HATTIESBURG Miss. (Reuters) - Veteran U.S. Senator Thad Cochran of Mississippi narrowly defeated challenger Chris McDaniel on Tuesday in a high-profile runoff election that pitted the Republican party’s old guard against its anti-establishment Tea Party movement.
The bitterly-fought Mississippi Republican Senate primary election overshadowed other primary contests across the country. It was seen as a multimillion-dollar referendum on the direction of the party as it tries to win control of the U.S. Senate in the November congressional elections.
Cochran, 76, has steered billions of federal dollars to his impoverished state over a four-decade career in Congress, and courthouses and research centers throughout the state bear his name.
McDaniel argued that Cochran’s nuts-and-bolts approach is out of step with voters in his deeply conservative state and promised to take a more confrontational approach to President Barack Obama and his Democratic allies in Washington.
Cochran won in part thanks to an unusual strategy of appealing to the state’s heavily Democratic African-American voters, who were able to vote in the runoff as long as they had not voted in the June 3 Democratic primary.
It was the latest battle in a months-long primary season that has pitted the party’s business-friendly wing against Tea Party groups that have pushed to slash federal spending.
Cochran edged McDaniel by fewer than 7,000 votes out of more than 370,000 cast - a dramatic increase over the 313,000 votes cast in the earlier contest.
“What we have tonight is a consensus for more and better jobs for Mississippi workers,” Cochran told supporters. In a defiant speech, McDaniel did not concede the race and hinted at possible legal action.
“Before this race ends, we have to be absolutely certain that the Republican primary was won by Republican voters,” McDaniel said.
Tea Party groups argued that Republicans should not rely on Democratic voters and federal dollars to win elections.
“I think the GOP establishment just died tonight because it won’t be winning a lot of national elections using this model,” said Matt Kibbe of FreedomWorks, a conservative group that campaigned for McDaniel.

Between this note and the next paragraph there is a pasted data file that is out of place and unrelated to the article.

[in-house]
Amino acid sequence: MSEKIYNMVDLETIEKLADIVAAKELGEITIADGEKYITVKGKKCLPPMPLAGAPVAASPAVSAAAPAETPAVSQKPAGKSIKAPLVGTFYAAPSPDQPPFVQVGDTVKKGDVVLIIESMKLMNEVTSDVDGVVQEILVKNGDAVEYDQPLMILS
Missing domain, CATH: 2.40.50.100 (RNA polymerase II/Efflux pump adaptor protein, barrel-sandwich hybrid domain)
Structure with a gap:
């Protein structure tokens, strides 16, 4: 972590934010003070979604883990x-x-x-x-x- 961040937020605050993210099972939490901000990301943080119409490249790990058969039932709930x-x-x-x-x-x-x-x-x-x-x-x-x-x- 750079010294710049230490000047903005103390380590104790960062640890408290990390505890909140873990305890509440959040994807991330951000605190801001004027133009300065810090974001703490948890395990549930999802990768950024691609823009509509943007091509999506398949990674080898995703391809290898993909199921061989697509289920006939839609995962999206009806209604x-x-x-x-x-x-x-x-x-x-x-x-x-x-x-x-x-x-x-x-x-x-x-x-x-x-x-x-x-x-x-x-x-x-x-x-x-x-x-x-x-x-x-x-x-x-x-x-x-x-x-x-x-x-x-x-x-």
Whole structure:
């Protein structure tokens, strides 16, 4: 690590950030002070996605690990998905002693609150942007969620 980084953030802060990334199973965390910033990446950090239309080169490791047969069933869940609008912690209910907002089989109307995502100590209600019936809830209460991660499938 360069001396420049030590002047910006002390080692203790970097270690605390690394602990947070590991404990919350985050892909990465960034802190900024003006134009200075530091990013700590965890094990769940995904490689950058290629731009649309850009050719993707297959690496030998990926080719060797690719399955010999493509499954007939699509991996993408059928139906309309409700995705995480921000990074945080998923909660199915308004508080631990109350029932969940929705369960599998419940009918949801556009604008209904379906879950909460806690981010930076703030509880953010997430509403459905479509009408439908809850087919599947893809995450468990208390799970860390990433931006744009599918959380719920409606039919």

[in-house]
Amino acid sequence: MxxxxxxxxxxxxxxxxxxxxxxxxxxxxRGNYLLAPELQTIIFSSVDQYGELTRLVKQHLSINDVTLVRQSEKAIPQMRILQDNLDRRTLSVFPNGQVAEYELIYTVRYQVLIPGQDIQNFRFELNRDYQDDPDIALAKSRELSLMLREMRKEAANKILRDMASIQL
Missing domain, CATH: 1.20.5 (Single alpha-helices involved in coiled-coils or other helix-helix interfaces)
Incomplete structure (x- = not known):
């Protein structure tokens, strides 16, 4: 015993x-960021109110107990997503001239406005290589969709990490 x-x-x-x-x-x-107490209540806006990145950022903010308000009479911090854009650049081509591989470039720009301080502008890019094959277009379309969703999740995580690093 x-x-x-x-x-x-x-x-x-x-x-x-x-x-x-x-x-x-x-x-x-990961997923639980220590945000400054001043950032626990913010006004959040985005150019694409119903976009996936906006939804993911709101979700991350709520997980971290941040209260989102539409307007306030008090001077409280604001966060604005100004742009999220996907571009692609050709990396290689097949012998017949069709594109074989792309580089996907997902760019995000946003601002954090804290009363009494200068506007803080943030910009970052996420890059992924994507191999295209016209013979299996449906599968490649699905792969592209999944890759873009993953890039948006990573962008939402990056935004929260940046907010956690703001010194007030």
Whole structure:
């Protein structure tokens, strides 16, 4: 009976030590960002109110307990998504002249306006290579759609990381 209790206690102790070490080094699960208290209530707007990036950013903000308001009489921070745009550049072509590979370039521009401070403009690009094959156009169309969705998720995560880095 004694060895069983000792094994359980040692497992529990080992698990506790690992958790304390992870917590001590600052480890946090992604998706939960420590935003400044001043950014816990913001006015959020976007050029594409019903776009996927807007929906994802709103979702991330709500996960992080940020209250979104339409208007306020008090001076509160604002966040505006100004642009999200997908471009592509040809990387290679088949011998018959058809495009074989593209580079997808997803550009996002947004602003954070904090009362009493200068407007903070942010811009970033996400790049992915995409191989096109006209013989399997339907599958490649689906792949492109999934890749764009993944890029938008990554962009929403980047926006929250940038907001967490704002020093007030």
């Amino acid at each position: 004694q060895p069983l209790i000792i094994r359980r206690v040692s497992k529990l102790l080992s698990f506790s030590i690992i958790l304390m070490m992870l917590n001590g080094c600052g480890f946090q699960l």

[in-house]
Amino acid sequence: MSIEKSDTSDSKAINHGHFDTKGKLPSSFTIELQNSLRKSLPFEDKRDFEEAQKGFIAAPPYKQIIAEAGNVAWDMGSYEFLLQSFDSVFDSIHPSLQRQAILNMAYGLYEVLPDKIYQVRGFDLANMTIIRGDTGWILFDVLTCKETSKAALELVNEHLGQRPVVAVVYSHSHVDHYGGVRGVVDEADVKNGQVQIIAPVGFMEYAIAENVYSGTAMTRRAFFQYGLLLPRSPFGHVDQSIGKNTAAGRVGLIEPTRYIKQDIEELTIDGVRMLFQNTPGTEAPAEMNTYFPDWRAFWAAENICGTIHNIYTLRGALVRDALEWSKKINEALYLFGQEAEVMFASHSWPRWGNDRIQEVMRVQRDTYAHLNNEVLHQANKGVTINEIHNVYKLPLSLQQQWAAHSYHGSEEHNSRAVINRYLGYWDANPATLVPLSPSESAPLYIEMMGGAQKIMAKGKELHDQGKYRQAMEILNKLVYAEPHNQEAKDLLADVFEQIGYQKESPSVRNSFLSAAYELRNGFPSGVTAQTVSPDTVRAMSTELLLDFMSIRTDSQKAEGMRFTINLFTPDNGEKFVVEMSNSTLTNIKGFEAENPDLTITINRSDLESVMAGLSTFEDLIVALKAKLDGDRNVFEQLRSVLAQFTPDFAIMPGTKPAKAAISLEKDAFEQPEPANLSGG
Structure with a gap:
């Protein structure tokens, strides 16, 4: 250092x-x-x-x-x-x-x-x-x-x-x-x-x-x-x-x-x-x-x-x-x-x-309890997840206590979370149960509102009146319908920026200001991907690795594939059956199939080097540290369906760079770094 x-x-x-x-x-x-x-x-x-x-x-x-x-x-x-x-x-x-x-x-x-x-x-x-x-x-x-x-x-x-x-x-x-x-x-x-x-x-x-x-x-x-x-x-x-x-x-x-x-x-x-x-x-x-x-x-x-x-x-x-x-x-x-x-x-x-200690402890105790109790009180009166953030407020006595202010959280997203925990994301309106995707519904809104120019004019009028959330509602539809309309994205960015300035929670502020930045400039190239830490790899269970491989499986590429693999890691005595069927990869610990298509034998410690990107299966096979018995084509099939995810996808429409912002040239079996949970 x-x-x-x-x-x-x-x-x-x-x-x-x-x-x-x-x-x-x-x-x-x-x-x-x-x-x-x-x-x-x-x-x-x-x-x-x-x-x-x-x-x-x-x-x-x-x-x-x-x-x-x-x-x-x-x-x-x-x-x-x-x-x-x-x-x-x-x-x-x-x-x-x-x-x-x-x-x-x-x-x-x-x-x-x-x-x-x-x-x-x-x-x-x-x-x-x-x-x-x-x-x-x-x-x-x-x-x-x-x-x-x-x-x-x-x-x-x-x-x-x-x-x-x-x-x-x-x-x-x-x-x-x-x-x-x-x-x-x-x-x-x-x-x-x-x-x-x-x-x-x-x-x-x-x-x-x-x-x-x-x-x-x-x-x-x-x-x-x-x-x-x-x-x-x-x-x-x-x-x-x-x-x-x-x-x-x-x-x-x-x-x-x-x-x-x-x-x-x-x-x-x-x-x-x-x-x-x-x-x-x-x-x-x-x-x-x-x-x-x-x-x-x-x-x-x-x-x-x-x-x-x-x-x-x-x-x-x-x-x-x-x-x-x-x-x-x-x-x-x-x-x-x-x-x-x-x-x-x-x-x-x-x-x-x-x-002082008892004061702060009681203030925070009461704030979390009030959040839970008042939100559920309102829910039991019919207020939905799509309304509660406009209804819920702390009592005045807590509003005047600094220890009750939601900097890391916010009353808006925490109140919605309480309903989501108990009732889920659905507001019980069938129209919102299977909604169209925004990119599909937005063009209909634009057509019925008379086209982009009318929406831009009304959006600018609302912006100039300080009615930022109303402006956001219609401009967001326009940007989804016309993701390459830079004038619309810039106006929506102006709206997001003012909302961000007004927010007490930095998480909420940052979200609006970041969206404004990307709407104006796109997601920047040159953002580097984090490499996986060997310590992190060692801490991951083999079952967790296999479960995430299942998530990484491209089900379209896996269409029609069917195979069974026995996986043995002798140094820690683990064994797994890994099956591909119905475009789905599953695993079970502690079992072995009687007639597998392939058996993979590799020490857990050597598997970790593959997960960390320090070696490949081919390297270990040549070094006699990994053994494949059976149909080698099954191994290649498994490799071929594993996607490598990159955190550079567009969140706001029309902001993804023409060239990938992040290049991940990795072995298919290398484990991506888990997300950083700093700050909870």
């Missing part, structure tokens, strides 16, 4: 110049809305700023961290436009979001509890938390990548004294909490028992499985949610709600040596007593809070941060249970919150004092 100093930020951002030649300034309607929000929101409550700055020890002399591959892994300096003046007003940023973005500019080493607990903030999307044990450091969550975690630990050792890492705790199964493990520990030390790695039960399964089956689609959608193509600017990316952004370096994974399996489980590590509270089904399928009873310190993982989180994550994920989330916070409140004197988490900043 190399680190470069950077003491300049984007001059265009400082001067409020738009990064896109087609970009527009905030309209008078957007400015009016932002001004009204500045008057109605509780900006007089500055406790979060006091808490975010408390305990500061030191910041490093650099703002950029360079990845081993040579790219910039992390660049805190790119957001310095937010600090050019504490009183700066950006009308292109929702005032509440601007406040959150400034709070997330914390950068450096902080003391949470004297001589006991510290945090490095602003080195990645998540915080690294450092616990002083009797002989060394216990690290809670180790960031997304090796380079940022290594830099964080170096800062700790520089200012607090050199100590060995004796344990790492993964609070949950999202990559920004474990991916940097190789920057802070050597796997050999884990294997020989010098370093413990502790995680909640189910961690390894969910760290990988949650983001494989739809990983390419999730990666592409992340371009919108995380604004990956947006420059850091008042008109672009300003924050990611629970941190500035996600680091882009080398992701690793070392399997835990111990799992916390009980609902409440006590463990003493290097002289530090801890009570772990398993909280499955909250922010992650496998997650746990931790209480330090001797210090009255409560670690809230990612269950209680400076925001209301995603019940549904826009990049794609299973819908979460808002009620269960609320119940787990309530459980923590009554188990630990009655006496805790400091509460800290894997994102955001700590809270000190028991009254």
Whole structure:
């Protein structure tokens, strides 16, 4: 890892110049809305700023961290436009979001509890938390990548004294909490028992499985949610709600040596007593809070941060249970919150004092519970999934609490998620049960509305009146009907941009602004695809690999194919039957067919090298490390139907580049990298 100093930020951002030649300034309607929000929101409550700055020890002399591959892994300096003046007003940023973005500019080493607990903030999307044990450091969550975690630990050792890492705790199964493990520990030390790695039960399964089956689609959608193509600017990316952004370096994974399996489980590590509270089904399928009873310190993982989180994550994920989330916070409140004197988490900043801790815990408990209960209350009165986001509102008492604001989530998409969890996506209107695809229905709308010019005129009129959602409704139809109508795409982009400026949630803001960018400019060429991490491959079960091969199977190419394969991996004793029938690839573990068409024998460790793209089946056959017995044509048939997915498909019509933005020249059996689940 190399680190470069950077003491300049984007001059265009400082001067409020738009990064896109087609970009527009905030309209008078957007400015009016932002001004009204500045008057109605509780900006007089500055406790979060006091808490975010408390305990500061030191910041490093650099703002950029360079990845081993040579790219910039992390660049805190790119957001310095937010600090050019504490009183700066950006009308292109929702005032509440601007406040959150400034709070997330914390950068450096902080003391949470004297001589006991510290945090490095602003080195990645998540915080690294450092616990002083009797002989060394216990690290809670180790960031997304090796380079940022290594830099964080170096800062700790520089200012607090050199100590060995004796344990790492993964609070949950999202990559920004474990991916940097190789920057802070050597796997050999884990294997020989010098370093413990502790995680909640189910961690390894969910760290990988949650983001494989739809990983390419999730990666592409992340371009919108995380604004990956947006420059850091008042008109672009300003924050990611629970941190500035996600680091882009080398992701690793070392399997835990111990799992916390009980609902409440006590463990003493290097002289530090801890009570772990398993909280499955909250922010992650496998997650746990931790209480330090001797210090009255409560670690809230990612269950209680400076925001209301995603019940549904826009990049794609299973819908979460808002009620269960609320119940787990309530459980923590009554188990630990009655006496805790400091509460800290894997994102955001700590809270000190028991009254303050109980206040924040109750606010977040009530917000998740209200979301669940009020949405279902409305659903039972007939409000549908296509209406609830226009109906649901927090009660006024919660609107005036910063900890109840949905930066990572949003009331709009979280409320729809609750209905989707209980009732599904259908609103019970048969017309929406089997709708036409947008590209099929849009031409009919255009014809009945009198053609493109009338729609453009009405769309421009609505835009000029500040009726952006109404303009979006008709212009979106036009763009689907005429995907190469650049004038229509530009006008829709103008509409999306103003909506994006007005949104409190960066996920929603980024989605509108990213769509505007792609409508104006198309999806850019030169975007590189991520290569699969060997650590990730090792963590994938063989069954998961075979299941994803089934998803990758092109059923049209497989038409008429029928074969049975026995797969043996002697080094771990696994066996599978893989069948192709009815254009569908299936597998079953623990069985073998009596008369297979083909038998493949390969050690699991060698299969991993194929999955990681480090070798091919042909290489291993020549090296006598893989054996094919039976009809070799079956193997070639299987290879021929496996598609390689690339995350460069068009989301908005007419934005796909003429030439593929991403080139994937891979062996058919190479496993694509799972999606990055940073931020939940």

Business groups like the U.S. Chamber of Commerce spent $4 million on Cochran’s behalf, while small-government groups spent $7 million backing McDaniel.
Neither candidate won more than 50 percent of the vote in the June 4 primary, prompting a runoff election that drew millions of dollars in outside spending.
Cochran argued that McDaniel would not be able to secure as many resources for a state that relies on federal dollars for nearly half of its state budget.
Cochran is strongly favored to defeat Democrat Travis Childers in the Nov. 4 election.
Republicans need to pick up six seats to win control of the 100-seat U.S. Senate, which would give them greater leverage to oppose Obama’s agenda during his remaining two years in the White House.
Business groups have helped several high-profile Republican incumbents beat back Tea Party challengers this year, but the surprise defeat of House Republican Leader Eric Cantor by a little-known candidate two weeks ago showed that clout in Washington is no guarantee of victory back home.
“This has been a frustrating night for conservative insurgent forces. There has been a lot of money spent and not much in the way of results to show for it,” said Kyle Kondik of the University of Virginia’s Center for Politics.
Elsewhere in the country, Lieutenant Gov. Anthony Brown moved closer to becoming the third African-American governor in U.S. history after he easily won a Maryland Democratic primary contest. He is favored to win the November election in a state where Democratic voters outnumber Republicans by more than 2 to 1.
In Oklahoma, Representative James Lankford defeated former state House Speaker T.W. Shannon in a Republican Senate primary. He is expected to defeat his Democratic opponent in November.
In Colorado, former Republican Representative Bob Beauprez will face incumbent Democratic Gov. John Hickenlooper after defeating conservative rivals in the Republican primary.
(Corrects Cochran’s age to 76 in paragraph 3; corrects amount of aid to billions, instead of hundreds of billions in paragraph 3; corrects primary date to June 3 in paragraph 5)
Additional reporting by Nick Carey; Writing by Andy Sullivan in Washington; Editing by Alistair Bell and Simon Cameron-Moore